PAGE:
My Paternal Family
Grt grandparents: Charles and Elizabeth (nee Breed) Wray
Charles Wray, my great grandfather, was a cut above the ubiquitous ‘Ag. Lab.’, being a hurdler maker/carpenter which indicates a skill which generated a higher wage. He migrated a few miles from his family home in Tewin, Herts to Hill End, south-east of Preston, probably in search of work. Once his roots were planted at Austage End, near Kings Walden, there he remained, content to work and rear seven children.
Charles was baptised at Tewin, Hertfordshire on 27 February 1820. Information about his birth-place came as a surprise to his grandaughter, Maggie Whitby (nee Wray), who believed that her family originated from Luton, Beds. Charles was one of nine children (and the last son) born to his hurdle- making father, Robert, and his wife, Jane. In 1841, only he and his younger sister, Esther, were living at home with their parents:
If he wanted to work in the family trade of hurdle-making, as the youngest son he was probably compelled to move to another parish because there was insufficient demand for his services at Tewin as his father and two brothers were already supplying the local needs. As a result, when he married at St Marys, Hitchin on 8 December 1849, Charles was living at Hill End, Herts. Hill End even today is a somewhat remote small cluster of dwellings which can be accessed either by foot/bridle paths off the road to St Pauls Walden near Hitchwwod or by a lane which runs from the London Road to St Paul’s Walden. It is more of a rise than a hill.
Charles was illiterate and had to mark his marriage certificate - while his bride was able to sign her name confidently (although her sister, Catharine, also marked). William Cannon, a witness and probably Charles’ best man, was a single farm labourer living at Ley Green, Kings Walden, Herts. which was also Elizabeth’s home. Ley Green is around three miles due east of Hill End.
To St Pauls Walden
Note that Charles was a ‘Journeyman Carpenter’ which means that he was self-employed. In addition to their newly-born daughter, Lydia, he and Elizabeth produced three other children between 1851 and 1861 - Margaret (baptized 4 Jan 1852), Henry (baptized 5 Dec 1852) and Alfred (born 16 April 1858). The births of the first two were at Breachwood Green, Kings Walden but Alfred was born at Charlton, Herts. By June 1861, the burgeoning family had moved to Austage End - another rather remote rural cul-de-sac which is off the Preston to Kings Walden Road and not far from Ley Green. It is also linked at its northern end to Dead Woman’s Lane at Preston by a footpath.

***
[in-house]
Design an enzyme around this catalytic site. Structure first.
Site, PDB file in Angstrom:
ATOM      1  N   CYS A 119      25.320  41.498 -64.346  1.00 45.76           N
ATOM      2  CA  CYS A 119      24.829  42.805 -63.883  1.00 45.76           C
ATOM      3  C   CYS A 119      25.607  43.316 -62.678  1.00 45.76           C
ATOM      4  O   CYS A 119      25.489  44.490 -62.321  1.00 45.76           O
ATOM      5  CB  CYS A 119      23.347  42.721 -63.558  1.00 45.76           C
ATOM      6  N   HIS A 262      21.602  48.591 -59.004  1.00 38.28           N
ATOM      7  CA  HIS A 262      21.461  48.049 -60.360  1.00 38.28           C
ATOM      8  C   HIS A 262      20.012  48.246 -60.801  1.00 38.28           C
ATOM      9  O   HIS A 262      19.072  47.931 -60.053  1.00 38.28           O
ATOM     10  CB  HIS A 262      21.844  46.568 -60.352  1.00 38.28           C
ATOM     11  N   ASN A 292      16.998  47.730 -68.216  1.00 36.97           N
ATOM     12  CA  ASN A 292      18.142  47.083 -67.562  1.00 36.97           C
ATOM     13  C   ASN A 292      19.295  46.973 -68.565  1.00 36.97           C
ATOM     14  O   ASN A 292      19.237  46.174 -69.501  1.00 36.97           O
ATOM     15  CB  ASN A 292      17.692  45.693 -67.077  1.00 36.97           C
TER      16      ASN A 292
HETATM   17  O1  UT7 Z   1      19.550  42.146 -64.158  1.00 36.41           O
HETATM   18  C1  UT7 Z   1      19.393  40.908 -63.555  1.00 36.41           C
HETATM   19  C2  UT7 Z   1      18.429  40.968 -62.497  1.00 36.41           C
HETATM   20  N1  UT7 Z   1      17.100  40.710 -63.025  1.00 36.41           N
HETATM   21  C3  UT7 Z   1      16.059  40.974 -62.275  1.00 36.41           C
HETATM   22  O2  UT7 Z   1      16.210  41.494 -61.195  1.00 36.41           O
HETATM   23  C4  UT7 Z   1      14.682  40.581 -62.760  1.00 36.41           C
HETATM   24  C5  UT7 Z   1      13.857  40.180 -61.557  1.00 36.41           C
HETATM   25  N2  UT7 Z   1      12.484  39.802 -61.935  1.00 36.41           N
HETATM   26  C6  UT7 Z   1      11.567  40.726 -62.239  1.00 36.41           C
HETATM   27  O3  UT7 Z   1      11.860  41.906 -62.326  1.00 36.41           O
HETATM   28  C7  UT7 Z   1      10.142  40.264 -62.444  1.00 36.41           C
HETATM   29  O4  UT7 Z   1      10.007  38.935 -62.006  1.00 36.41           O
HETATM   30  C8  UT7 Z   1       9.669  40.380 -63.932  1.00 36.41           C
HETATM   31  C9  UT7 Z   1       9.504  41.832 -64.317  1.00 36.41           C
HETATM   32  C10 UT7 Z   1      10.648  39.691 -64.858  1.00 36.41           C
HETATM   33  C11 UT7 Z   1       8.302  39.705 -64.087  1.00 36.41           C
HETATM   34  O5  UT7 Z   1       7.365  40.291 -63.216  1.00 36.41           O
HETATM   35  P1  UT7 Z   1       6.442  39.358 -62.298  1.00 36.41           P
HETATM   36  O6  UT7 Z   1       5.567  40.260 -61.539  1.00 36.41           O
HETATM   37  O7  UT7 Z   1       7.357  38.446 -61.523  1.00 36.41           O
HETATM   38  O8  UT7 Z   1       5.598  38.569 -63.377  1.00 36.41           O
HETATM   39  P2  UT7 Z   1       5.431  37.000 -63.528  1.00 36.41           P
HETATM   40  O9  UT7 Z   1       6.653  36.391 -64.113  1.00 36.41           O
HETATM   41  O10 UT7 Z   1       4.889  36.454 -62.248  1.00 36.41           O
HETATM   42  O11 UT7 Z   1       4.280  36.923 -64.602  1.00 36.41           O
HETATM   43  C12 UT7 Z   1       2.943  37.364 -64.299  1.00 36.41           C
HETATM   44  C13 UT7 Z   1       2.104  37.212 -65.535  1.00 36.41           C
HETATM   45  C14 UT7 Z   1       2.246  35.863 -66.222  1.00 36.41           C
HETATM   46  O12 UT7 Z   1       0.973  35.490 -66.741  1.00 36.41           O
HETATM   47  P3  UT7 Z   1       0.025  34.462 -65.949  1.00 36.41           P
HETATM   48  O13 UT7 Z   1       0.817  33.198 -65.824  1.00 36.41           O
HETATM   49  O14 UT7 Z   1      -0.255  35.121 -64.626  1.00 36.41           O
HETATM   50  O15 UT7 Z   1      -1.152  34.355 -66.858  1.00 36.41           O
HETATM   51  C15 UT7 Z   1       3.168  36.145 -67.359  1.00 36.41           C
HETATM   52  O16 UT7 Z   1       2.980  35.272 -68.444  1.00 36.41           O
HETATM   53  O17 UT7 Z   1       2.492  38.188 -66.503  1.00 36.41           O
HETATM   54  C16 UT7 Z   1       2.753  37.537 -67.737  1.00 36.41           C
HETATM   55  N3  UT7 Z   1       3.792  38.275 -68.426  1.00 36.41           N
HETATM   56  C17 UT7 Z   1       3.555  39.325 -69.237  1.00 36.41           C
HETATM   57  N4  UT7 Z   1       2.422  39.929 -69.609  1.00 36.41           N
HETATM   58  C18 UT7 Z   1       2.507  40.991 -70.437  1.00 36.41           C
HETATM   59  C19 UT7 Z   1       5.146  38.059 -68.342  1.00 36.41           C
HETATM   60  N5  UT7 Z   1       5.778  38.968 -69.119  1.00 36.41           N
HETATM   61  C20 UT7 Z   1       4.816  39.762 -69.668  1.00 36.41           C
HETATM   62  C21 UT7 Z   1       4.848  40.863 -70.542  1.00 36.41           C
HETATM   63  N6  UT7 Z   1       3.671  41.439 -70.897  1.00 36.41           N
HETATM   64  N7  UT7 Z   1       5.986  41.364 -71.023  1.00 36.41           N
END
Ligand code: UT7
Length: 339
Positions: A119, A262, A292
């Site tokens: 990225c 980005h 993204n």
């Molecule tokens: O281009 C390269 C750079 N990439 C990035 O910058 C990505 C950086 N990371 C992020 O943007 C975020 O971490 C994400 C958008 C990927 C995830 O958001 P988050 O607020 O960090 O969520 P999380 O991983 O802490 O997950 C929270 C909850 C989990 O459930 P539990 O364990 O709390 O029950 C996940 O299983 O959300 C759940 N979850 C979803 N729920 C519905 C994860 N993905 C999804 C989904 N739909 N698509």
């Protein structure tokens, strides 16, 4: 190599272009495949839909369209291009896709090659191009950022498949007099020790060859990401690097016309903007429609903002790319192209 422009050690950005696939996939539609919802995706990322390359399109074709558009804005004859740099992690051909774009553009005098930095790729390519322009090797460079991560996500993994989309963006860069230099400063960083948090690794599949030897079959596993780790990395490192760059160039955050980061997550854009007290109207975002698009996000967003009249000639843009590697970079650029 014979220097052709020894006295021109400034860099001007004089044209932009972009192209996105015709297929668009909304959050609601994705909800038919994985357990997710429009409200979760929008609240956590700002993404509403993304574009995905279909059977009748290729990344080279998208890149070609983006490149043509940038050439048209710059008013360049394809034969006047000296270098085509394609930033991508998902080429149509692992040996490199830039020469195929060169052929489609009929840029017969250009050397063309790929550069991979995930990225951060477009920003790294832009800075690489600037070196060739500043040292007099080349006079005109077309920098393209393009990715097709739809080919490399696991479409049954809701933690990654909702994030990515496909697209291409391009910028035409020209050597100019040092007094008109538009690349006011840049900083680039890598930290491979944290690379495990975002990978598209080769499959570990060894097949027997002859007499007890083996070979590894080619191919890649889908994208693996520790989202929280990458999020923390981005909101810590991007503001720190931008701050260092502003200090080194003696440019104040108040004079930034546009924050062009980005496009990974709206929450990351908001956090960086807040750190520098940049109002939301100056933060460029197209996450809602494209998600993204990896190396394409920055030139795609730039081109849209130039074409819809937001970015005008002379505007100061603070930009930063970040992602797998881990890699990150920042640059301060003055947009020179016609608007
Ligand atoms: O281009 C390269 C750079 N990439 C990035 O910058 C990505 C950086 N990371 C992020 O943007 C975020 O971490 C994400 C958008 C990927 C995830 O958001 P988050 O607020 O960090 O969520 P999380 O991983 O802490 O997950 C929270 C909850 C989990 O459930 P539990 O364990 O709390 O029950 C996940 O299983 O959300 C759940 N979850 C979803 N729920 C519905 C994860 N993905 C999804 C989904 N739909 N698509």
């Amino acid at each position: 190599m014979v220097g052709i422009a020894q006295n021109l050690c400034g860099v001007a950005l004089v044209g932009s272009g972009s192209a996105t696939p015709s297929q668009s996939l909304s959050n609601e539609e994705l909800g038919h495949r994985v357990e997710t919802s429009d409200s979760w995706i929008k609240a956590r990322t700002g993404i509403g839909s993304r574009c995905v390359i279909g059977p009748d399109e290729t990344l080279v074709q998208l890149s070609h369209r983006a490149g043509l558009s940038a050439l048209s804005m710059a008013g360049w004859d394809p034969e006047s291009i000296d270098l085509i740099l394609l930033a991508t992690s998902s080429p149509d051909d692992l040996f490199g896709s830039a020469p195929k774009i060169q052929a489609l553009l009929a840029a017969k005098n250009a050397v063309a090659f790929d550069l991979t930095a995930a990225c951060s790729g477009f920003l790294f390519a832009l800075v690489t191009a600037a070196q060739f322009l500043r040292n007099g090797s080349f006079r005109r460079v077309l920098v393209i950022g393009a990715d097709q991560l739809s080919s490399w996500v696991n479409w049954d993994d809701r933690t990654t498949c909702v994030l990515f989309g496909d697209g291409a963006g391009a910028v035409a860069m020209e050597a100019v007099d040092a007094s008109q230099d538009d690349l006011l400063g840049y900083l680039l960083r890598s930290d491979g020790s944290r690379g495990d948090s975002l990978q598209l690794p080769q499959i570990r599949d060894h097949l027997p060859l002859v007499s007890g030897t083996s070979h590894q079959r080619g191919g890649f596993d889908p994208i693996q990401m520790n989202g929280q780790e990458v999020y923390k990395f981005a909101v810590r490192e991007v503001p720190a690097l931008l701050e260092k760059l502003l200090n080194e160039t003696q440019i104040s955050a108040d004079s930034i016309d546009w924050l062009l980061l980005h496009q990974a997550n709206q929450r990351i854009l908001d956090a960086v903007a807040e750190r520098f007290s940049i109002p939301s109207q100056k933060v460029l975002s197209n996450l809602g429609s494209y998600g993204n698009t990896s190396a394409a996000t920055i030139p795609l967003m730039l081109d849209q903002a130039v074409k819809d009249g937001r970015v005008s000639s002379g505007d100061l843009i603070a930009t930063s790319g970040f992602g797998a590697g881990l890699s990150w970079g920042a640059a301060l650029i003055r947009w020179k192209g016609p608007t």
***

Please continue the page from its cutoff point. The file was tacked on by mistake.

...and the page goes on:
1861 census at Austage End, Kings Walden, Herts
‘Charles Ray (sic) of Kings Walden was charged with committing an assault on Henry Hill. It appeared both men are hurdle-makers and because some gentleman had employed Hill, defendant went to him at his work and committed the assault complained of. Fined £1 and costs.’ ‘Charles Ray was summoned, charged by Hill with assaulting him on 12 March. From the evidence of the prosecutor (Hill) it appeared that he was making hurdles in a wood. Ray came up to him and charged him with taking the bread out of his mouth. This the prosecutor said he could not help as he had been told to do the job. Ray then went up to him and struck him with a hurdle sideways. When the prosecutor got up, Ray then pulled him by his coat and struck him a blow in the eye with his fist. (The mark was still visible) Ray also said that if he found out that the prosecutor had asked for the job, he would drop on to him and give him a good thrashing. The prisoner said that he had gone and sworn at the prosecutor for taking the job out of his hands. As he was going away, he told Hill what he would do to him if it was true. Hill retorted, and he went back and struck him in the eye with his fist. The magistrates said that one man had as much right as another to do a job and therefore fined Ray £1 and 12s 6d costs which were paid.’
A court case gives a glimpse of Charles’ character when he was fined for assaulting another hurdle- maker. In March 1860, two Hertfordshire newspapers carried these reports:
Four months after their marriage, their first child, Lydia, was born at nearby Fogmore. The parish record of 13 April 1850 (see below) mentions that she was privately baptized which usually indicates a problem with the health of either the newly-born child or the mother which prevented a visit to the baptismal font. But both survived the experience (of the birth, and the baptism).
When the 1871 census was taken, Charles and his household were still living at Austage End: